HTTP/1.0 200 OK HTTP/1.0 301 Moved Permanently HTTP/1.0 400 Bad Request HTTP/1.0 500 Internal Server Error

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Response Headers
Provide the client with information about

the returned entity (document).

what kind of document how big the document is how the document is encoded when the document was last modified
Response headers end with blank line

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Response Header Examples


Date: Wed, 30 Jan 2002 12:48:17 EST Server: Apache/1.17 Content-Type: text/html Content-Length: 1756

Content-Encoding: gzip

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Content
Content can be anything (sequence of raw

bytes).

Content-Length header is required for any

response that includes content.

Content-Type header also required.

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Single Request/Reply
The client sends a complete request.

The server sends back the entire reply.


The server closes its socket. If the client needs another document it

must open a new connection.

This was the default for HTTP 1.0


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Persistent Connections
HTTP 1.1 supports persistent connections

(this is the default).


TCP connection.

Multiple requests can be handled over a single

The Connection: header is used to

exchange information about persistence (HTTP/1.1)

1.0 Clients used a Keep-alive: header

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Try it with telnet


> telnet www.cse.unr.edu 80 GET / HTTP/1.0 HTTP/1.0 200 OK Server: Apache ...

HTTP

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Try it with telnet (persistent)


> telnet www.cse.unr.edu 80 GET / HTTP/1.1 Host: www.cse.unr.edu HTTP/1.0 200 OK Server: Apache ...

HTTP

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HTTP Proxy Server

Browser

Proxy

HTTP Server

HTTP

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Network Lab #2 HTTP Proxy


You need to write a proxy server.
Must be able to handle GET, HEAD and POST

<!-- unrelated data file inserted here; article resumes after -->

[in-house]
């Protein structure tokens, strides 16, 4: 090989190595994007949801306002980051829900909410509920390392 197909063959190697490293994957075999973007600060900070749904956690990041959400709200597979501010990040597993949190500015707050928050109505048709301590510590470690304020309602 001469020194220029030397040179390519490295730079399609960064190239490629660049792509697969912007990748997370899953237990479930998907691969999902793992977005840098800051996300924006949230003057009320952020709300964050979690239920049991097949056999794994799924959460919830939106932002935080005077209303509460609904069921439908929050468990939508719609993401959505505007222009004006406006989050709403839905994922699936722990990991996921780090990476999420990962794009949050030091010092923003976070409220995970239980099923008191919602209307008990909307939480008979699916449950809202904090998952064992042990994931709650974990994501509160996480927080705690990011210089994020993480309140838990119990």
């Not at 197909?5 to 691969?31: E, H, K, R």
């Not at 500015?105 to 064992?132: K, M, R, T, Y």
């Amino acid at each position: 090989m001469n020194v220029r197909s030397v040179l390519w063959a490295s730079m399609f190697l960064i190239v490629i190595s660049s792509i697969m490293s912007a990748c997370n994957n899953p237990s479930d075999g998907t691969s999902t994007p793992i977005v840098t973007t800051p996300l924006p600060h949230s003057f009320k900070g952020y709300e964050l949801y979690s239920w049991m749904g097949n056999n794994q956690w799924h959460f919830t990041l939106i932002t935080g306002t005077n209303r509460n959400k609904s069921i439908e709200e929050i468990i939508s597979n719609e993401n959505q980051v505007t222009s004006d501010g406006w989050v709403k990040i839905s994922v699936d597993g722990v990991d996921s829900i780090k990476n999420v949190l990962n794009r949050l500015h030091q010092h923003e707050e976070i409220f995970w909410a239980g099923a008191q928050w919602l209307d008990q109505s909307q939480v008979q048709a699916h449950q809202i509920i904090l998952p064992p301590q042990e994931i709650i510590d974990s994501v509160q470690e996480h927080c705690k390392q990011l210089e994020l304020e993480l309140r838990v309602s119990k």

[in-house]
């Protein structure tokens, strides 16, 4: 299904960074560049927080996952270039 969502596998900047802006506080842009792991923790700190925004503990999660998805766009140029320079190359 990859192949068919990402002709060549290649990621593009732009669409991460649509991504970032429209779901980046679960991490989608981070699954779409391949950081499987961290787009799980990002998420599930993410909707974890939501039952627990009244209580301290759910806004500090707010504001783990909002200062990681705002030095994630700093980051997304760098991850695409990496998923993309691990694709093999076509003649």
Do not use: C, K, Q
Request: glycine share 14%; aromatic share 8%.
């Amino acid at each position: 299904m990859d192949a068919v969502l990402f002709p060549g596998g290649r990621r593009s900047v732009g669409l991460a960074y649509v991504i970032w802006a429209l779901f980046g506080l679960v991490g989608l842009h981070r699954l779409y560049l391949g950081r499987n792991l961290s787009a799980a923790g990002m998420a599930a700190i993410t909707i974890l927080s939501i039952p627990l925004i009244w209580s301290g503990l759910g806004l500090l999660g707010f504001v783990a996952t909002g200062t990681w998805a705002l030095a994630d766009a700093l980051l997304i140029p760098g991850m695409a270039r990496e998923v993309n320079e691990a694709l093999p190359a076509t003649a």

requests.

Filtering: Your proxy will be given a list of

domain names on the command line, you should refuse to forward requests to any server whose name is within a specified domain.

send back status line: 403 Forbidden.

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The code you need


Proxy is both a client and a server Parsing the HTTP request is needed. You need to understand HTTP You will need to parse headers. need to look at Content-length, Connection, etc.

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Testing
Tell your browser to use a proxy

Edit preferences/options.

Interrupt a long transfer (press stop). Fill out a form (probably uses POST). Test it with a browser. Test it with telnet Write an abusive client and a rude server!
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What is expected
We should be able to surf through your proxy!

Proxy should print some info about each

request (print the request line).

No memory leaks! Check every system call for errors!

We should not be able to kill your proxy by


sending a bad request. using a server that sends bad replies.

No crashes, no matter what kind of nonsense we send your proxy.


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HTTP V1.1 Details


The RFC is 114 pages!
we dont expect you to read it all or to

support every nitty-gritty detail. work on creating a working proxy (one you can use through a browser).

performance is not a big deal (but it shouldnt be horribly worse than without your proxy).

Dont worry about persistence, pipelining,

chunking, etc.

you need to turn off persistence if you don't want to handle it.
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HTTP Headers
You will need to look at the Content-Length

header in a POST.

you need to know how many bytes to read after the end of the headers.

You will need to either look at

Connection (Proxy-Connection) headers or (at a minimum) to force Connection: close as a request header.
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Stuff you might need to know


(that we have not covered)
Converting hostnames to IP addresses. Handling signals (SIGPIPE)

Check out section 5.13 in the text

Providing Concurrency (not required, but not

hard either).

just fork the server after calling accept. MAKE SURE YOU TAKE CARE OF ZOMBIES!